10:07
in the most compassionate way.
10:09
The third ingredient
10:12
is to focus on inner development
10:14
and personal growth.
10:17
Leadership training in Google, for example,
10:19
places a lot of emphasis on the inner qualities,
10:22
such as self-awareness, self-mastery,
10:25
empathy and compassion,
10:28
because we believe
10:31
that leadership begins
10:33
with character.
10:35
We even created a seven-week curriculum
10:38
on emotion intelligence,
10:40
which we jokingly call "Searching Inside Yourself."
10:42
It's less naughty than it sounds.
10:46
So I'm an engineer by training,
10:50
but I'm one of the creators and instructors of this course,
10:52
which I find kind of funny,
10:56
because this is a company that trusts an engineer
10:58
to teach emotion intelligence.
11:00
What a company.
11:02
(Laughter)
11:04
So "Search Inside Yourself" -- how does it work?
11:06
It works in three steps.
11:09
The first step
11:11
is attention training.
11:13
Attention is the basis
11:15
of all higher cognitive and emotional abilities.
11:18
Therefore, any curriculum
11:24
for training emotion intelligence
11:26
has to begin with attention training.
11:28
The idea here is to train attention
11:32
to create a quality of mind
11:35
that is calm and clear
11:37
at the same time.
11:39
And this creates the foundation
11:42
for emotion intelligence.
11:44
The second step follows the first step.
11:47
The second step is developing self-knowledge
11:50
and self-mastery.
11:53
So using the supercharged attention from step one,
11:55
we create a high-resolution perception
11:59
into the cognitive and emotive processes.
12:02
What does that mean?
12:05
It means being able to observe our thought stream
12:07
and the process of emotion
12:11
with high clarity,
12:13
objectivity
12:15
and from a third-person perspective.
12:17
And once you can do that,
12:20
you create the kind of self-knowledge
12:22
that enables self-mastery.
12:24
The third step, following the second step,
12:28
is to create new mental habits.
12:31
What does that mean? Imagine this.
12:33
Imagine whenever you meet any other person,
12:36
any time you meet a person,
12:39
your habitual, instinctive first thought
12:41
is, "I want you to be happy.
12:44
I want you to be happy."
12:46
Imagine you can do that.
12:48
Having this habit, this mental habit,
12:50
changes everything at work.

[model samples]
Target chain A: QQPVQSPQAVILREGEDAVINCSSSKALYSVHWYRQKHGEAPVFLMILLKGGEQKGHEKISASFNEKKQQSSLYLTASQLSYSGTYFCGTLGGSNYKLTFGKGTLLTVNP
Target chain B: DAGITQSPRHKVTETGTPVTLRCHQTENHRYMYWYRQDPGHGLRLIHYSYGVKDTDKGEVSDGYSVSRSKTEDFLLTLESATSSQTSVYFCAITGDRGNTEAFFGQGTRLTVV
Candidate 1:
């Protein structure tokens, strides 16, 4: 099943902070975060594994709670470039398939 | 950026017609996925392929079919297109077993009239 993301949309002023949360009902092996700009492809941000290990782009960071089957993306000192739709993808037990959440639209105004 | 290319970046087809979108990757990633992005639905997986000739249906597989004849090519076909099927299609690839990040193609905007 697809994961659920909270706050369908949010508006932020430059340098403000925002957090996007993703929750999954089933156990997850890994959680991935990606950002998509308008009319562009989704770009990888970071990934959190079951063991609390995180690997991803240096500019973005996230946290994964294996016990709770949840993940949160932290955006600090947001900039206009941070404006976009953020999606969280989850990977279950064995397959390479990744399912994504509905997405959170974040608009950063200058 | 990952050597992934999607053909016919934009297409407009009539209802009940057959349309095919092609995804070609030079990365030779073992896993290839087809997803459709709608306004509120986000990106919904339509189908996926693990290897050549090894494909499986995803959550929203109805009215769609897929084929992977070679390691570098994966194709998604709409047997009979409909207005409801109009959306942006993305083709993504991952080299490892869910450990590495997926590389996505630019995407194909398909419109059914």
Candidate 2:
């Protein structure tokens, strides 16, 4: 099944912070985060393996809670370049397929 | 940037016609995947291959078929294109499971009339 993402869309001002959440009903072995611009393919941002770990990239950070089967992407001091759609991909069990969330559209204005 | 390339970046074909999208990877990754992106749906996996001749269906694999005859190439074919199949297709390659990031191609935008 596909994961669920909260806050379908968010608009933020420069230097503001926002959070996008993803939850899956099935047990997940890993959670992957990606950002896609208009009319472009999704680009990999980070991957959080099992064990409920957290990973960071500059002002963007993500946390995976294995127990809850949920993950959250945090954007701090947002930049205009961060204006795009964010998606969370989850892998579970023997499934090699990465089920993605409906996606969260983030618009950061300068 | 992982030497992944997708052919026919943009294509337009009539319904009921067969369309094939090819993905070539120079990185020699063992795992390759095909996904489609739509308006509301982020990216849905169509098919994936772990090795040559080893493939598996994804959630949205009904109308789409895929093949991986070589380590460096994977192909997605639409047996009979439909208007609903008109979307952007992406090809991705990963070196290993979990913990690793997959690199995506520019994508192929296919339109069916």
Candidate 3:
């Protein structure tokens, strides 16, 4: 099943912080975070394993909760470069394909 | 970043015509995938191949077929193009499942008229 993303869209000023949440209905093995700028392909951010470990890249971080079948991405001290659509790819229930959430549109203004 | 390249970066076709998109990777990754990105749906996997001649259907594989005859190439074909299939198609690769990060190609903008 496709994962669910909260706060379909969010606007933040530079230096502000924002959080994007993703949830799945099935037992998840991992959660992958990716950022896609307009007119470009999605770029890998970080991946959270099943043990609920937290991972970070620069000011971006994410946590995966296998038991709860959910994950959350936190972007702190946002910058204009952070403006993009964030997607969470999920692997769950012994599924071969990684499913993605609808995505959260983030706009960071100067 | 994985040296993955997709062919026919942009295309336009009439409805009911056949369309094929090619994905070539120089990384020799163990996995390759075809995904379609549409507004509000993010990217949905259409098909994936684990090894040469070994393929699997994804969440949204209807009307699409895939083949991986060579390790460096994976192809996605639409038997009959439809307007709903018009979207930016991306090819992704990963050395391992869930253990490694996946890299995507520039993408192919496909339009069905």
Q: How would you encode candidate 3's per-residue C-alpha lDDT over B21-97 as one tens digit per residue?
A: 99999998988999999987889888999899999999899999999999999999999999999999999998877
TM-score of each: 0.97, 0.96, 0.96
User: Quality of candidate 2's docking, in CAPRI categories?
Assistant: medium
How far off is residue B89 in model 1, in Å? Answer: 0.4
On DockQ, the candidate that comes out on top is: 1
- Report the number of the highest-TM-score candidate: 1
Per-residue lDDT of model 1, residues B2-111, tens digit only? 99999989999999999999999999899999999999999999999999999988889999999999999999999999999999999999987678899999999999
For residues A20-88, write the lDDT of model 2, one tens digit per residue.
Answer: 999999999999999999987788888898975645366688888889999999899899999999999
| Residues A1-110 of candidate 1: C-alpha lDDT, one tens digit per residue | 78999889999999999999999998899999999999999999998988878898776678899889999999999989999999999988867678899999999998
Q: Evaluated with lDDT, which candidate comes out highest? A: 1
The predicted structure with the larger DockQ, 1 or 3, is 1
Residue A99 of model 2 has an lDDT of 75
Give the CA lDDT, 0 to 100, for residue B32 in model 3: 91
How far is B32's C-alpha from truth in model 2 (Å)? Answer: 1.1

12:52
Because this good will
12:55
is unconsciously picked up by other people,
12:57
and it creates trust,
13:00
and trust creates a lot of good working relationships.
13:03
And this also creates the conditions
13:07
for compassion in the workplace.
13:09
Someday, we hope to open-source
13:12
"Search Inside Yourself"
13:15
so that everybody in the corporate world
13:17
will at least be able to use it as a reference.
13:20
And in closing,
13:24
I want to end the same place I started,
13:26
with happiness.
13:28
I want to quote this guy -- the guy in robes, not the other guy --
13:30
the Dalai Lama,
13:34
who said, "If you want others to be happy,
13:36
practice compassion.
13:38
If you want to be happy,
13:40
practice compassion."
13:42
I found this to be true,
13:44
both on the individual level
13:46
and at a corporate level.
13:48
And I hope that compassion
13:50
will be both fun and profitable for you too.
13:52
Thank you.
13:54
(Applause)
13:56

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About the speaker:

Chade-Meng Tan - Google Fellow
One of Google's earliest engineers, Chade-Meng Tan is now Google's Jolly Good Fellow -- the head of personal growth at the groundbreaking search company.

Why you should listen

Chade-Meng Tan was one of Google's earliest engineers. Among many other things, Meng helped build Google's first mobile search service, and headed the team that kept a vigilant eye on Google's search quality. After an eight-year stint in Engineering, he now serves with GoogleEDU as the Head of Personal Growth. One of his main projects is Search Inside Yourself -- a mindfulness-based emotional intelligence course, which he hopes will eventually contribute to world peace in a meaningful way. His 2012 book is also called Search Inside Yourself -- and Dan Pink is a fan.

Outside of Google, Meng is the Founder and (Jolly Good) President of the Tan Teo Charitable Foundation, a small foundation dedicated to promoting peace, liberty and enlightenment in the world. He is a founding patron of Stanford University's Center for Compassion and Altruism Research and Education (CCARE).  He is also a founding patron of the World Peace Festival, and adviser to a number of technology startups.

More profile about the speaker
Chade-Meng Tan | Speaker | TED.com